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Telangana polls not with four states if state is not ready: CEC

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OP Rawat

New Delhi, Sep 12 : Assembly elections will not be held in Telangana along with those in four states this year-end if the preparedness of the poll machinery in the southern state is not “statisfactory”, Chief Election Commissioner O.P. Rawat said on Wednesday.

Elections can be held in January or February in Telangana which has time upto March 5, 2019 for constitution of the new Assembly, he said.

“I can’t say. There is a compulsion that it must be held within six months but let me clarify there is no such law. This six months time frame is based on a Supreme Court ruling. The apex court says elections must be held at the first instance after dissolution of a state assembly and should not be delayed more than six months,” Rawat told IANS in an interview.

He was asked about the early possibility of polls in Telangana where the government headed by Telangana Rashtra Samiti (TRS) has dissolved the Assembly and sought early elections.

Pressed further if there was a possibility of the polls in Telangana being held separately from those to be held in Madhya Pradesh, Rajasthan, Chhattisgarh and Mizoram, he said, “If their (Telangana’s) preparedness is not satisfactory, we will not take a risk (of holding immediate elections).

“But if the state is prepared, there is no reason we can’t hold elections there along with Rajasthan, Madhya Pradesh, Chhattisgarh and Mizoram. We can hold polls if Telangana is prepared. But there is a big ‘if’,” he said.

Rawat said that since the Supreme Court wants to hold elections at the earlist or as soon as possible, “we have taken immediate steps” for the conduct of polls.

Asked if it was still a matter of work to be done before the Commission comes to a conclusion on the election schedule in Telangana, the CEC said: “Correct.”

Giving the background of the process of elections in Telangana, he said “since Telangana Assembly has been dissolved, we immediately started preparations for the next assembly polls in the state. We have asked the Chief Electoral Officer (CEO) of Telangana about the level of preparedness. We got his inputs and have sent a team from here.”

The Telangana CEO has said he “is battle ready, but we will wait for the report of our team. We always verify. The Commission always verifies on the ground whatever claim is made about poll preparedness,” the CEC said.

To a question whether the Telangana polls can be clubbed with the polls in the four states, Rawat said, “I can’t say if Telangana can be clubbed with the four states. The other states have been preparing for over two months, whereas Telangana was preparing for the Lok Sabha polls. But how far they are prepared, it will be assessed by the EC team.”

Rawat indicated that if Telangana polls were not held along with those in four states, then it would not be held close to completion of the polls in those states, where elections should be completed by mid-December.

Asked whether in that case polls in Telangana could be pushed to December, he said “it can be in January or February. They have time up to March 5.”

Giving reasons as to why polls cannot be held in close succession, he said: “The tradition has been to not hold elections in a series because the result of one affects the outcomes of others. It is not held in that proximity. One or two months gap is ok. Not 10 days (gap),” he added.

Asked about the controversy regarding the talk of a virtual schedule by Chief Minister K. Chandrashekar Rao after dissolving the Assembly, Rawat said, “This is not acceptable. This is wrong. The sole authority to announce elections is vested with the Election Commission. It is for the poll authority to announce a poll schedule. Nobody else can do it. It is wrong. It is not legal.”

To a query about the Chief Minister’s claim that he had talked to the CEC, he said: “The CM never met us or talked to me.”

It was the chief secretary, who met officials in the Commission and dropped the hint about the dissolution and early polls.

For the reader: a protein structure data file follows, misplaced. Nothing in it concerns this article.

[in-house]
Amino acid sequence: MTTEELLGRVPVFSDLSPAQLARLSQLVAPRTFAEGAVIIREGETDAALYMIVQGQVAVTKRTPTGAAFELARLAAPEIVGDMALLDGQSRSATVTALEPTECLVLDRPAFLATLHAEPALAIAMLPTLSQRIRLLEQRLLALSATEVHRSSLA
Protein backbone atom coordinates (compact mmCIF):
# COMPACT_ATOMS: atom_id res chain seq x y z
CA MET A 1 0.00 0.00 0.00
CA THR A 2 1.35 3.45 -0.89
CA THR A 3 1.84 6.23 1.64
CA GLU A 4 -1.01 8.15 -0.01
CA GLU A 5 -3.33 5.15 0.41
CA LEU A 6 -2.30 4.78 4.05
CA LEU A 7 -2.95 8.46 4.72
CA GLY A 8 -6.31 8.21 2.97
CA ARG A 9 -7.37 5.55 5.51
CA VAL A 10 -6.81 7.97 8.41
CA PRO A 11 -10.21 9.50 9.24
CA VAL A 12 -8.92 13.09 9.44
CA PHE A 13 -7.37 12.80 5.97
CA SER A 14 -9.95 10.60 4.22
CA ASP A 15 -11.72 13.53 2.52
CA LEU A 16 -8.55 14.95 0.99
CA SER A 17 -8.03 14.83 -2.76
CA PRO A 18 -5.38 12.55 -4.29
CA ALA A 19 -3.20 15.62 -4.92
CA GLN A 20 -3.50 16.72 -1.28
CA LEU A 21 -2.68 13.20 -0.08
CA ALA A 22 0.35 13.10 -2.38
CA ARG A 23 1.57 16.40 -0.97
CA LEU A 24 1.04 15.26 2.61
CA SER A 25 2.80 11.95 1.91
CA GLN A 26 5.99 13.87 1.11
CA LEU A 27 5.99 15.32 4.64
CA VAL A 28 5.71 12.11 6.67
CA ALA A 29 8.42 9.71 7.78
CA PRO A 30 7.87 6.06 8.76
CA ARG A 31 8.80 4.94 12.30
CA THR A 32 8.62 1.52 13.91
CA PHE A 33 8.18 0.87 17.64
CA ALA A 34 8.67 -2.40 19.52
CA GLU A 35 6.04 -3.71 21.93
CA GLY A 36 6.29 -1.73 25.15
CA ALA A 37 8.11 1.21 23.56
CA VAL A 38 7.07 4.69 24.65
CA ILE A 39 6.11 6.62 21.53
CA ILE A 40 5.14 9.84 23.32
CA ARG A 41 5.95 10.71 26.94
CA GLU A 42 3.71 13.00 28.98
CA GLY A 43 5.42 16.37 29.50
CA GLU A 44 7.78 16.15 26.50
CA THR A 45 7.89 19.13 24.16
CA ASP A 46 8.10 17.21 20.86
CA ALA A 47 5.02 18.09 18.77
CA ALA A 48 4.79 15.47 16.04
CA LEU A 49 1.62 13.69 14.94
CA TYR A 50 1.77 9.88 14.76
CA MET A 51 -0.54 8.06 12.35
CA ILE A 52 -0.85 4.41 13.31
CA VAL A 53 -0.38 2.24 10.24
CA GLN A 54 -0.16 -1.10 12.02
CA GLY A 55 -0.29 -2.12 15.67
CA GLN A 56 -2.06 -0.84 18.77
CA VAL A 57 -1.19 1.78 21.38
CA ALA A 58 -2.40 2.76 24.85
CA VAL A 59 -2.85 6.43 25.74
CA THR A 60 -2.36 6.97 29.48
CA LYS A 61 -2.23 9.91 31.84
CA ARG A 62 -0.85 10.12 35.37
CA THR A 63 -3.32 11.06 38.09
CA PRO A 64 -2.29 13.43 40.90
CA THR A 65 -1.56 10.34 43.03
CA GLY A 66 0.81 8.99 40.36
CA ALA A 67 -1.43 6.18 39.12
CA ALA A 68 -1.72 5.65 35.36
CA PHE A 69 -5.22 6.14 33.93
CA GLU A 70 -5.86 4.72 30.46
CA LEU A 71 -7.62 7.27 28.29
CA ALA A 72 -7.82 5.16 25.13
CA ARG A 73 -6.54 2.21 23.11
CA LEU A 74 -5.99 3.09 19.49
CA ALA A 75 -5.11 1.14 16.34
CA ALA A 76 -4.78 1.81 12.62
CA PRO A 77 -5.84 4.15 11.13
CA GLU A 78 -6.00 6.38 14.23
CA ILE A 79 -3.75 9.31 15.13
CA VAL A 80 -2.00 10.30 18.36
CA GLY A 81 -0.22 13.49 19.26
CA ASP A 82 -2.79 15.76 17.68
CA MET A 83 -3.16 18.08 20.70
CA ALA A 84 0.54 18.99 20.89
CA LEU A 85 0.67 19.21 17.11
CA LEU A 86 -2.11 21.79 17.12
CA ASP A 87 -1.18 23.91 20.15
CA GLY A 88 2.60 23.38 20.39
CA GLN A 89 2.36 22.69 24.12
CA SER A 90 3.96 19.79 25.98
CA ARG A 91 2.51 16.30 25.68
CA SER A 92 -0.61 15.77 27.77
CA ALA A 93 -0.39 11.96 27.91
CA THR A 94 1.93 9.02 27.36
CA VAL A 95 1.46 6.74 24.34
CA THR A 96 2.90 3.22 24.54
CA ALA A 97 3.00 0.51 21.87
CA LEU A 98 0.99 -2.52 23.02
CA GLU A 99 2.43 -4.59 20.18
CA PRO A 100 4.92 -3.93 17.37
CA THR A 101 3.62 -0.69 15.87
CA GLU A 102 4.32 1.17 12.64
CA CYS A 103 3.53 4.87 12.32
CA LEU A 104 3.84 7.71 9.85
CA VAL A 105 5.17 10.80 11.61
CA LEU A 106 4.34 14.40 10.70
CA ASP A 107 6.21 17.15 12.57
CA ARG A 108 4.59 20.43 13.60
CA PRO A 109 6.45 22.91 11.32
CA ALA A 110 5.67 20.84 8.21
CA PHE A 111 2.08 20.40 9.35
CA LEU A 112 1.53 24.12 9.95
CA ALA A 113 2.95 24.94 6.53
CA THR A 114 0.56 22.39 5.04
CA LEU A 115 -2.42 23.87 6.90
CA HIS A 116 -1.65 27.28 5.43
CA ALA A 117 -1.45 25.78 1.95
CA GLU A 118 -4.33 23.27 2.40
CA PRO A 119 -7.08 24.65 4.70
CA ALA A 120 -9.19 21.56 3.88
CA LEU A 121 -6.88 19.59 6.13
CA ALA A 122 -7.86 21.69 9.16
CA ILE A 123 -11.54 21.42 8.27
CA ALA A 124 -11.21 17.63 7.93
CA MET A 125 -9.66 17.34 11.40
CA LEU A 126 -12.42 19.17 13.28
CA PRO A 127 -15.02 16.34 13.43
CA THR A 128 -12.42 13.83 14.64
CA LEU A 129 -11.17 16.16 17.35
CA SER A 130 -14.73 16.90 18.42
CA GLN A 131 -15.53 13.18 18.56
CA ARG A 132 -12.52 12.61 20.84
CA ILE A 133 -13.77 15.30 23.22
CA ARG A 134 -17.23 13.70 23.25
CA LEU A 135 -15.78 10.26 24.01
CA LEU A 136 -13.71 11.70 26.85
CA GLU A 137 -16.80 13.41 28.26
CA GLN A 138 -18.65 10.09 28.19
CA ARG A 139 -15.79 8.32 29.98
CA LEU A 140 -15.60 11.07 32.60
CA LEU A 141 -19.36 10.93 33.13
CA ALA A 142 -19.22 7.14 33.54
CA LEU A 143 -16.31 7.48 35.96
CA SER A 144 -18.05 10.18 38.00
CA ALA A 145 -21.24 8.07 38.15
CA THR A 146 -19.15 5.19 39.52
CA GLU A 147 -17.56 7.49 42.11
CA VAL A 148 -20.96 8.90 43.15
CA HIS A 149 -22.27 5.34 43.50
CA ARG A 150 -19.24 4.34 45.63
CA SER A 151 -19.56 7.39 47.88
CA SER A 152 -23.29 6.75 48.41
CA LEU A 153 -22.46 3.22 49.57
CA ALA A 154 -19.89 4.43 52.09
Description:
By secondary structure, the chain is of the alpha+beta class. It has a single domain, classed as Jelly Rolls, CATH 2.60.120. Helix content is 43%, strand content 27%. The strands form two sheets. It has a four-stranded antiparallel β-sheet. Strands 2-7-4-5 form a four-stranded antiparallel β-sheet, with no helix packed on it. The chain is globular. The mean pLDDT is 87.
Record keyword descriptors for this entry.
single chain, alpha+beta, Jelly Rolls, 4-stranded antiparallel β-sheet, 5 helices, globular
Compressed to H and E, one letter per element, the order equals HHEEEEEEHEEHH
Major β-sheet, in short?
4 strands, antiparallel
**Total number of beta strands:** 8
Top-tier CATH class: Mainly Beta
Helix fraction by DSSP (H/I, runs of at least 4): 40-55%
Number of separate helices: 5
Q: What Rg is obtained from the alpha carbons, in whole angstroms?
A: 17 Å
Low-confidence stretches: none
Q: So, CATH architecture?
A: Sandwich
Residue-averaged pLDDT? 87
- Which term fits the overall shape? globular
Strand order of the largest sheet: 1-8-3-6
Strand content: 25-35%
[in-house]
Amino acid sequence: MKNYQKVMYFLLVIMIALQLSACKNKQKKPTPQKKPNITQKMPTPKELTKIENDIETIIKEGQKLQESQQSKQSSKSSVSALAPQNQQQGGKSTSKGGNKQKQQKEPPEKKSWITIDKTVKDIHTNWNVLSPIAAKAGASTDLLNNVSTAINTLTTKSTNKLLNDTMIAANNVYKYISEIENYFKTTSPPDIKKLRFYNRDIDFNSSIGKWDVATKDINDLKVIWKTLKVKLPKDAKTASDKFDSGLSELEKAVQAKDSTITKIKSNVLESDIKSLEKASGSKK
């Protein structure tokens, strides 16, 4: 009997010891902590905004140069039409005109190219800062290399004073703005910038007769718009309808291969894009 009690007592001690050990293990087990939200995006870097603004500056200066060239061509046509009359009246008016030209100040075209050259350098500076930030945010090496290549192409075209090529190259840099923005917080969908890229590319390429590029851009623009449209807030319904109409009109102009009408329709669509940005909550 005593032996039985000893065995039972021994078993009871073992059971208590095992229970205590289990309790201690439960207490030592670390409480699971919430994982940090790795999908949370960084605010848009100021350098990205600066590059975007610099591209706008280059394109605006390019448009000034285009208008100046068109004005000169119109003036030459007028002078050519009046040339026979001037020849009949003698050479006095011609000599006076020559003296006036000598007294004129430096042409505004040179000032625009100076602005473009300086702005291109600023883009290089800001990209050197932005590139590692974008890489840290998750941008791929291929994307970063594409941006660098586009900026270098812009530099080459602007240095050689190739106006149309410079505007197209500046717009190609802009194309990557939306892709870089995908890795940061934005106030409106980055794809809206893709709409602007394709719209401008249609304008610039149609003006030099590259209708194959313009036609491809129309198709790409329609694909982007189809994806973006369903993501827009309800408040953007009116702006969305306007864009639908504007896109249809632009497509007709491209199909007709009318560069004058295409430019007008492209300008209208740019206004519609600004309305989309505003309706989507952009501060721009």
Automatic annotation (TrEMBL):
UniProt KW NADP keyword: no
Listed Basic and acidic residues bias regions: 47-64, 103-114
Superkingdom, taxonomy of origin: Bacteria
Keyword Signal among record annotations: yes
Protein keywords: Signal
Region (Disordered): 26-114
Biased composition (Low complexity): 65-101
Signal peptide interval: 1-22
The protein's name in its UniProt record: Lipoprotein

A former Chief Secretary from the state also met officials and dropped the hint. Both were told by EC officials that “we don’t speak on hypothetical situation. The Assembly is still there,” he said.

To queries about lack of updated rolls in Telangana, Rawat said: “There is no point in time when there is no electoral roll. There is always a roll. In Telangana too, we have an electoral roll with reference to January 1, 2018. Only thing is when polls are to be held, the Commission takes the pain of revising the electoral rolls to provide one more opportunity to those people who missed the bus.”

In this connection, he said, the election authorities in the state have been asked to take up the second summary revision of rolls and complete it by October 8 so that the rolls are ready for the polls.

(V.S. Chandrasekar and Mohd Asim Khan can be contacted at [email protected] and [email protected]n)

Analysis

YouTube testing new video recommendation format: Report

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San Francisco, Jan 16 : Google-owned video sharing platform YouTube is testing a new video recommendation format that displays blue bubbles on the screen with relevant keywords and related topic suggestions, facilitating easier browsing, media reported.

“The screenshots obtained show these blue bubbles just underneath the video player showing more specific video recommendations,” The Verge reported on Tuesday.

The video-sharing platform is currently testing the feature with some users on its main desktop page as well as on the mobile app.

For sometime now users have been complaining that the videos recommended on the side on YouTube’s interface often have little to do with the current video, making recommendations a point of contention for the platform.

“It’s unclear if the videos that populate from the new recommendation bubbles will face similar algorithmic issues that YouTube’s recommendation feed currently suffers,” the report added.

There has not been any word from YouTube as of now on the working of these blue bubbles and whether or not they will roll out the test feature to a bigger group in the coming months.

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Analysis

2002 Gujarat riots: Judge P.B. Desai ignored evidence, says activist Harsh Mander

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Harsh Mander

New Delhi, Jan 9 : Special SIT court judge P.B. Desai “ignored evidence” that former Congress MP Ehsan Jafri, who was killed in a mob attack in Ahmedabad’s Gulberg Housing Society during the 2002 riots, did all that was possible within his power to protect Muslims from the “rage of the mob” and instead echoed the position of then Chief Minister Narendra Modi that his killing was only a “reaction” to his “action” of shooting at the mob, says human rights activist Harsh Mander.